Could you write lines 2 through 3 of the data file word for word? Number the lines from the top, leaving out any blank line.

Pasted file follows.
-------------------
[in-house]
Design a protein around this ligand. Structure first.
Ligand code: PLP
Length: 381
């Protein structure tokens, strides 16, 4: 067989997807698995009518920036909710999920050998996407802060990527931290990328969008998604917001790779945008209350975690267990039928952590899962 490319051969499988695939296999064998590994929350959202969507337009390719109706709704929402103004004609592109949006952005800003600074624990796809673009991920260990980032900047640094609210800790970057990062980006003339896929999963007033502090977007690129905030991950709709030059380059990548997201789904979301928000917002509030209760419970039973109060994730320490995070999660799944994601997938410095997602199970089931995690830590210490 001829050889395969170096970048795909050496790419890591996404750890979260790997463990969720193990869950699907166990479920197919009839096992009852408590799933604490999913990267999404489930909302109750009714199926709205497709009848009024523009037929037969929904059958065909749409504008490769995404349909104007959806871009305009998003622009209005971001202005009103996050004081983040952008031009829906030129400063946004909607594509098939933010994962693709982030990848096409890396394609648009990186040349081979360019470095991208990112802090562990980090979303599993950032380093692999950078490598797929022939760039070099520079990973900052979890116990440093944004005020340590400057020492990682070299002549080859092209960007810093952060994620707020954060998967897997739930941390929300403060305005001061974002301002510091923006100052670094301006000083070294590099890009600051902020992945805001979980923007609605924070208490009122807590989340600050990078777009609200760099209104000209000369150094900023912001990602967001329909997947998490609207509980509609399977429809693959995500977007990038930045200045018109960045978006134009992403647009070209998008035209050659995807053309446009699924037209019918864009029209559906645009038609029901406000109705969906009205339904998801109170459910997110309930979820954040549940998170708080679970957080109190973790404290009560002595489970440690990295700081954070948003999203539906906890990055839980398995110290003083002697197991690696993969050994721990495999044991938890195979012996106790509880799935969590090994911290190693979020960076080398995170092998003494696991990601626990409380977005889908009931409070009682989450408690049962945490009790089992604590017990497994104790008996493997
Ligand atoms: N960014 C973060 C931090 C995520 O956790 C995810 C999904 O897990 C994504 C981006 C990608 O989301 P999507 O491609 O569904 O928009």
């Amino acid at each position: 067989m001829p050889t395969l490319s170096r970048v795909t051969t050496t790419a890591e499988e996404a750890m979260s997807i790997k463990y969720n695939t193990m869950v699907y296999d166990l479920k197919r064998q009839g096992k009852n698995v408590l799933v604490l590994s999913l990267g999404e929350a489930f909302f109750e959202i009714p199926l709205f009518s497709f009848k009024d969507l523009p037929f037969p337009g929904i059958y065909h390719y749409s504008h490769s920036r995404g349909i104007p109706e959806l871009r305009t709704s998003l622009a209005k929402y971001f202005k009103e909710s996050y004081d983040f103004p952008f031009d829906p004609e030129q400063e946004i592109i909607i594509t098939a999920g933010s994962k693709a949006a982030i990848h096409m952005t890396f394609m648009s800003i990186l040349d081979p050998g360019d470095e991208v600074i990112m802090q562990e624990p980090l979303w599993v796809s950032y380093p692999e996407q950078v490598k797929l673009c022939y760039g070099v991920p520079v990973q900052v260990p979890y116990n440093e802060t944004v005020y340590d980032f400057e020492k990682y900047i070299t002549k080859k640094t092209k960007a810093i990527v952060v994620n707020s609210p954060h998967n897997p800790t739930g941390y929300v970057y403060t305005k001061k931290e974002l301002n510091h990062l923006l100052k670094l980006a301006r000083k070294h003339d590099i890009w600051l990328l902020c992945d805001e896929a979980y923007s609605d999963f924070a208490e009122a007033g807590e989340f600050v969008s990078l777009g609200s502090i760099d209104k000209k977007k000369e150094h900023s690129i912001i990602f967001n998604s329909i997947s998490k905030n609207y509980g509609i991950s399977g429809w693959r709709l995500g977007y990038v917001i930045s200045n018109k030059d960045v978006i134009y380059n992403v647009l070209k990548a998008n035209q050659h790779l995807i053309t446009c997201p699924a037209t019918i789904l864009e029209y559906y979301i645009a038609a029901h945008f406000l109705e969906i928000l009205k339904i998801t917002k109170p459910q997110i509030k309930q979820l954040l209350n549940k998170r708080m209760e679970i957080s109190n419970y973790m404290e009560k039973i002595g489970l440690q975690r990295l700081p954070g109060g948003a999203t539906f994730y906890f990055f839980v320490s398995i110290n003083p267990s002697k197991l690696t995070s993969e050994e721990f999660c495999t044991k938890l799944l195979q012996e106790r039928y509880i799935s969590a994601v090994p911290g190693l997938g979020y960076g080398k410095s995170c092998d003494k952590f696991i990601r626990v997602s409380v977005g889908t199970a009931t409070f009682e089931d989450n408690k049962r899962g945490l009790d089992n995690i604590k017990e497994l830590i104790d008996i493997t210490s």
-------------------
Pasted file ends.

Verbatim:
Design a protein around this ligand. Structure first.
Ligand code: PLP